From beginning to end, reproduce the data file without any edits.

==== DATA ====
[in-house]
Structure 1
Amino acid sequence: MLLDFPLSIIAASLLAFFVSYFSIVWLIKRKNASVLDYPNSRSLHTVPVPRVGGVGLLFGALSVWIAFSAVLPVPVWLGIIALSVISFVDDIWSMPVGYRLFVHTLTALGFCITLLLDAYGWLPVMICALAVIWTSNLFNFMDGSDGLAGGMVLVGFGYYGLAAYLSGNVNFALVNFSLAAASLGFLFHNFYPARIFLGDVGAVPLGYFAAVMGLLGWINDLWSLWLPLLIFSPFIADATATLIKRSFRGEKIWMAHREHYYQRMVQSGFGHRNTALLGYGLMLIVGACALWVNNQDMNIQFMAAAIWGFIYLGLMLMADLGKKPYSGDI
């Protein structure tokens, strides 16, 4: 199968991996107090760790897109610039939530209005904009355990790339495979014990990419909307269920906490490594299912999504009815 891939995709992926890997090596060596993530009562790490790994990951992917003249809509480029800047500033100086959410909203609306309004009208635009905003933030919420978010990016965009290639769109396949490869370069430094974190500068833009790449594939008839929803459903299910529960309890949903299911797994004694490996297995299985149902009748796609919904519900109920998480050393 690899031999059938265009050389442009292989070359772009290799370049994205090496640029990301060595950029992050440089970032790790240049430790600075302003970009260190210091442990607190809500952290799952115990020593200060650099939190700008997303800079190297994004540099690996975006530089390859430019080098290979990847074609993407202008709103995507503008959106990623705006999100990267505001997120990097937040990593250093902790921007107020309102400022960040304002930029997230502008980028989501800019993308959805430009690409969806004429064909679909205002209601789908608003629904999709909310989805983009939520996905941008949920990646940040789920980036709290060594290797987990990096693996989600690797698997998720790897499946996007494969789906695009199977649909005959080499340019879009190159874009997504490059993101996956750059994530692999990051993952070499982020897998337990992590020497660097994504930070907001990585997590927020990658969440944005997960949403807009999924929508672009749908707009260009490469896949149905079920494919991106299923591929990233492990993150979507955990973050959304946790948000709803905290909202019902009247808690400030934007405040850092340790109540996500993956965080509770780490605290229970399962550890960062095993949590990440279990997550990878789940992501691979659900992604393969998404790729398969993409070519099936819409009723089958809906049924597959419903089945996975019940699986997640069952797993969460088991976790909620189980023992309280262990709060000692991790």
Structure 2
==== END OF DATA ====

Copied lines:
[in-house]
Structure 1
Amino acid sequence: MLLDFPLSIIAASLLAFFVSYFSIVWLIKRKNASVLDYPNSRSLHTVPVPRVGGVGLLFGALSVWIAFSAVLPVPVWLGIIALSVISFVDDIWSMPVGYRLFVHTLTALGFCITLLLDAYGWLPVMICALAVIWTSNLFNFMDGSDGLAGGMVLVGFGYYGLAAYLSGNVNFALVNFSLAAASLGFLFHNFYPARIFLGDVGAVPLGYFAAVMGLLGWINDLWSLWLPLLIFSPFIADATATLIKRSFRGEKIWMAHREHYYQRMVQSGFGHRNTALLGYGLMLIVGACALWVNNQDMNIQFMAAAIWGFIYLGLMLMADLGKKPYSGDI
């Protein structure tokens, strides 16, 4: 199968991996107090760790897109610039939530209005904009355990790339495979014990990419909307269920906490490594299912999504009815 891939995709992926890997090596060596993530009562790490790994990951992917003249809509480029800047500033100086959410909203609306309004009208635009905003933030919420978010990016965009290639769109396949490869370069430094974190500068833009790449594939008839929803459903299910529960309890949903299911797994004694490996297995299985149902009748796609919904519900109920998480050393 690899031999059938265009050389442009292989070359772009290799370049994205090496640029990301060595950029992050440089970032790790240049430790600075302003970009260190210091442990607190809500952290799952115990020593200060650099939190700008997303800079190297994004540099690996975006530089390859430019080098290979990847074609993407202008709103995507503008959106990623705006999100990267505001997120990097937040990593250093902790921007107020309102400022960040304002930029997230502008980028989501800019993308959805430009690409969806004429064909679909205002209601789908608003629904999709909310989805983009939520996905941008949920990646940040789920980036709290060594290797987990990096693996989600690797698997998720790897499946996007494969789906695009199977649909005959080499340019879009190159874009997504490059993101996956750059994530692999990051993952070499982020897998337990992590020497660097994504930070907001990585997590927020990658969440944005997960949403807009999924929508672009749908707009260009490469896949149905079920494919991106299923591929990233492990993150979507955990973050959304946790948000709803905290909202019902009247808690400030934007405040850092340790109540996500993956965080509770780490605290229970399962550890960062095993949590990440279990997550990878789940992501691979659900992604393969998404790729398969993409070519099936819409009723089958809906049924597959419903089945996975019940699986997640069952797993969460088991976790909620189980023992309280262990709060000692991790």
Structure 2